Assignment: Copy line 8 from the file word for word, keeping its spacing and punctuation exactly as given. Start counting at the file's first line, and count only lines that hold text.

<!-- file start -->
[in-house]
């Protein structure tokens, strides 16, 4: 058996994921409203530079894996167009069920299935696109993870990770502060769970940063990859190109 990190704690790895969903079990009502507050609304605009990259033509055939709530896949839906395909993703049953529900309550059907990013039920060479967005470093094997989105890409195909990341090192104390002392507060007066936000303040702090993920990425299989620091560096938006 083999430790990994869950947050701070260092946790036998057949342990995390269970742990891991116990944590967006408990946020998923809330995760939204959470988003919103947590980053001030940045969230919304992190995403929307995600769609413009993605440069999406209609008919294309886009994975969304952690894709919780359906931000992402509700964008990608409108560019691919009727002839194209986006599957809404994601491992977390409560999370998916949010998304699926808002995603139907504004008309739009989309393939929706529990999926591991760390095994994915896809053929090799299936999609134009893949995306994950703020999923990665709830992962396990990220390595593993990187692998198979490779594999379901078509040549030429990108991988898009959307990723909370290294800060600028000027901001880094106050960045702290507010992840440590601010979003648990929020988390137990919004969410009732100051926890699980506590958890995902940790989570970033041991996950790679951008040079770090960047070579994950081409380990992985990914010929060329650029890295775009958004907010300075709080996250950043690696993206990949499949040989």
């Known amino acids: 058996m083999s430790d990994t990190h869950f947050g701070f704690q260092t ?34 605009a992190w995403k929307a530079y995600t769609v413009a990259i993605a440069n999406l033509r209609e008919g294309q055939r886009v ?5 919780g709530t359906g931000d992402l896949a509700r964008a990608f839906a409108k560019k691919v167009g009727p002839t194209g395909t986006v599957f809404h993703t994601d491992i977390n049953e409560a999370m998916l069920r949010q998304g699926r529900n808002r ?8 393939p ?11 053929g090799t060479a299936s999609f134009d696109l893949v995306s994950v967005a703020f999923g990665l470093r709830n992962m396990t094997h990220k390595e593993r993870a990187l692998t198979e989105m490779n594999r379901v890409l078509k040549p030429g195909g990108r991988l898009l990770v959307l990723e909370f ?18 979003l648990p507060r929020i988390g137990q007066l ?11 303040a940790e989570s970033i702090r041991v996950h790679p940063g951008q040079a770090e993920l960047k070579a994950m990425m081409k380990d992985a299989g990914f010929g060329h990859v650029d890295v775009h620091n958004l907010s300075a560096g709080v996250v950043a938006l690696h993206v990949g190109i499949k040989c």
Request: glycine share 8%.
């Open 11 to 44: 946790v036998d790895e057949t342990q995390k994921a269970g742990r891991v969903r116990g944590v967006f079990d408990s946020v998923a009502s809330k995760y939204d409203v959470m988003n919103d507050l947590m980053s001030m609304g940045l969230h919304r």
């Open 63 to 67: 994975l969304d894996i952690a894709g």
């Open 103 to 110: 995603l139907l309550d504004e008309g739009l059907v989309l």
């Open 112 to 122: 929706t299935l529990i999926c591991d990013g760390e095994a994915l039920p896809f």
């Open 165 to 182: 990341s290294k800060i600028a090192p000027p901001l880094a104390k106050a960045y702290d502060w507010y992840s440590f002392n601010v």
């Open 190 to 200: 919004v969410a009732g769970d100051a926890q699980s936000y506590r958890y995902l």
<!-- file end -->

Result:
């Open 112 to 122: 929706t299935l529990i999926c591991d990013g760390e095994a994915l039920p896809f």